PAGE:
Spirituality linked to better quality of life for heart failure patients
A new literature review found that spirituality can have a positive impact on quality of life (QOL) for heart failure patients and concluded that it should be considered a potential target for palliative care interventions to improve patient-centered care and clinical outcomes.
The review, published in JACC Heart Failure, was conducted by researchers at Duke University. Researchers evaluated a review of 47 articles in order to explore the current knowledge of spirituality in patients with heart failure and described the relationships between spirituality, QOL, and heart failure outcomes. They also proposed clinical applications and strategies regarding spiritual care among these patients.
According to the review, previous studies have suggested spirituality serves as a potential target for palliative care interventions to improve QOL, caregiver support, and patient outcomes, including rehospitalization and mortality. Researchers evaluated these studies and recommended the development of a spirituality-screening tool, similar to the Patient Health Questionnaire – 2 used to screen for depression, to help identify patients with heart failure at risk for spiritual distress.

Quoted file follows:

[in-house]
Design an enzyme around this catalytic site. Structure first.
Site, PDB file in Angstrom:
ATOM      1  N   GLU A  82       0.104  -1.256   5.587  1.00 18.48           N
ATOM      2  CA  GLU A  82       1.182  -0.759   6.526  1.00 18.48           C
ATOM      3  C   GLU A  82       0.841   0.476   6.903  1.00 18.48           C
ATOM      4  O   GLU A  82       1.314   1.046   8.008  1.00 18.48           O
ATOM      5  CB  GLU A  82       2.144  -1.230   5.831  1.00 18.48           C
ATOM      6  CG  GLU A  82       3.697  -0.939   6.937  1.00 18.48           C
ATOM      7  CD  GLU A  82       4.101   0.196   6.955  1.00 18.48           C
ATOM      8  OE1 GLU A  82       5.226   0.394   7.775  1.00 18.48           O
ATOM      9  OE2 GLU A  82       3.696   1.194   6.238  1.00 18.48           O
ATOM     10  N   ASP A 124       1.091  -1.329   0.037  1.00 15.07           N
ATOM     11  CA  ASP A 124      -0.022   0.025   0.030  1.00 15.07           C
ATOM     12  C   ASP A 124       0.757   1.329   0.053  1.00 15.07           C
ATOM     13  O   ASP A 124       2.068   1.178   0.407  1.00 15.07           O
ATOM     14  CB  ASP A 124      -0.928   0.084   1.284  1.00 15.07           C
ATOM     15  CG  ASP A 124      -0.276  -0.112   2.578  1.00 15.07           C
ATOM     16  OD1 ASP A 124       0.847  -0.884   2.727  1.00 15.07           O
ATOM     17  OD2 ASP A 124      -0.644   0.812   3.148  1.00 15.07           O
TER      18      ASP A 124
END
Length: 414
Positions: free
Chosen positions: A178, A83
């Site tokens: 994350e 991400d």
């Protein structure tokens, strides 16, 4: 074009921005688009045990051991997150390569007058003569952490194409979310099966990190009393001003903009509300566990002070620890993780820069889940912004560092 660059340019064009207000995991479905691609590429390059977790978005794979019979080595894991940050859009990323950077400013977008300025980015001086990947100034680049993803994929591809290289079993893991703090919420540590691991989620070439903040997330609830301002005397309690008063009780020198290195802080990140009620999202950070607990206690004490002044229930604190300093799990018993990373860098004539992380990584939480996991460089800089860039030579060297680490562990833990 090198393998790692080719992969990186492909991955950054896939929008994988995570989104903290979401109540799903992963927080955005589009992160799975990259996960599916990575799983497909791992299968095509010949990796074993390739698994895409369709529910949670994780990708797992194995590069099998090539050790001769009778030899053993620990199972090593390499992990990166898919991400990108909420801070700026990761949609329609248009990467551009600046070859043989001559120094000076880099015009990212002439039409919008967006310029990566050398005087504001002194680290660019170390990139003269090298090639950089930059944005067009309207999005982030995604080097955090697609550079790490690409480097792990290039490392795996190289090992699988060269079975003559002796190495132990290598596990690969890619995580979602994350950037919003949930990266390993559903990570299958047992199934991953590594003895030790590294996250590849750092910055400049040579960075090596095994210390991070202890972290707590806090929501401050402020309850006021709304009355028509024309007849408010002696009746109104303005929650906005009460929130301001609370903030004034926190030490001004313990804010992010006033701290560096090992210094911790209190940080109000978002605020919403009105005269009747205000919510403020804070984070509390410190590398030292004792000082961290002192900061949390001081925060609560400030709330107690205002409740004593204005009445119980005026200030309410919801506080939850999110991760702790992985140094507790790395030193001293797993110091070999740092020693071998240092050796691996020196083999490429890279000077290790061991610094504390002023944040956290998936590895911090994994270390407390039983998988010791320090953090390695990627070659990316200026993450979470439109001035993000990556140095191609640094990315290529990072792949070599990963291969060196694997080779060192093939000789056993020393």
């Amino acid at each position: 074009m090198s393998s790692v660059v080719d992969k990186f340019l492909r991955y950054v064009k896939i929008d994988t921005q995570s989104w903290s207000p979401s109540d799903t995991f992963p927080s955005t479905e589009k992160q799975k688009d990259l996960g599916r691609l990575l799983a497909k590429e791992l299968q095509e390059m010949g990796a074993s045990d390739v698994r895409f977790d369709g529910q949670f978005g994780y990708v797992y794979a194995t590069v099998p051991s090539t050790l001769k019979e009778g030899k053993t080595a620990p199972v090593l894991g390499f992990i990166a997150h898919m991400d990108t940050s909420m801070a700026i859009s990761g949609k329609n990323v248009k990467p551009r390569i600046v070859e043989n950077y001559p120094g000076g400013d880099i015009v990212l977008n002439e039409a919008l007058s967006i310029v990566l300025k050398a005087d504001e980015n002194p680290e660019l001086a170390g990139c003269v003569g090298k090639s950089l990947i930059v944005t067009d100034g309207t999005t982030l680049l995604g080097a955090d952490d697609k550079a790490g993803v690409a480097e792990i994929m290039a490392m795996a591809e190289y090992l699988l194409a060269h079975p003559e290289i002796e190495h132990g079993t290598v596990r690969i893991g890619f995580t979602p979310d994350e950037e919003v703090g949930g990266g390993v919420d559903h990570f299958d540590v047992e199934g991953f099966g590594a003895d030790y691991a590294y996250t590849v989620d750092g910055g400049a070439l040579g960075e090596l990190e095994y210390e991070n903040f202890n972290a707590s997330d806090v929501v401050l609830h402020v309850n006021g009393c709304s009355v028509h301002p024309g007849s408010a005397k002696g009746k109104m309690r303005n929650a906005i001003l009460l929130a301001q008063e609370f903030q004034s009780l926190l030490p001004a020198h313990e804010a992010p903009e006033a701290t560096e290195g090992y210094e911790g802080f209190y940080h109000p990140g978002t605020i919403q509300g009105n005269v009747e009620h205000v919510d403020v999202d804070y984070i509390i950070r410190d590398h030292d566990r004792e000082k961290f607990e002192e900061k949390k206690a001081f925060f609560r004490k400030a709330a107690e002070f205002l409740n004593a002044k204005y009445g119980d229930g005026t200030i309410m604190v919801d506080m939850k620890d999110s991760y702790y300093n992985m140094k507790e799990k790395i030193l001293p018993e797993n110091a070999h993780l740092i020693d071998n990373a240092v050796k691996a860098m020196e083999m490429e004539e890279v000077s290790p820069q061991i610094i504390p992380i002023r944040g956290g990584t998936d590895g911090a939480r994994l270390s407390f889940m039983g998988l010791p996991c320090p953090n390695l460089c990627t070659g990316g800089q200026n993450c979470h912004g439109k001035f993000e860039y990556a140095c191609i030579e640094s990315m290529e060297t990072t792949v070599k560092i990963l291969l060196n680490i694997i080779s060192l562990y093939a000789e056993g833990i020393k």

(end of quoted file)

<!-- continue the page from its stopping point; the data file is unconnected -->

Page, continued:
Spirituality defined spirituality as how individuals find meaning and purpose in life, which can be separate from religious beliefs.
“The literature suggests not only can spirituality improve quality of life for the patient, it can help support caregivers and potentially help heart failure patients from needing to be readmitted to the hospital,” said Rachel S. Tobin, MD, resident in Internal Medicine at Duke University Hospital, and lead author of the study. “What we have suggested and are now doing is developing a spirituality screening tool, similar to ones used to screen for depression. This can be used to identify heartfailure patients in palliative care who are at risk for spiritual distress. However, this is just a start. More research needs to be done.”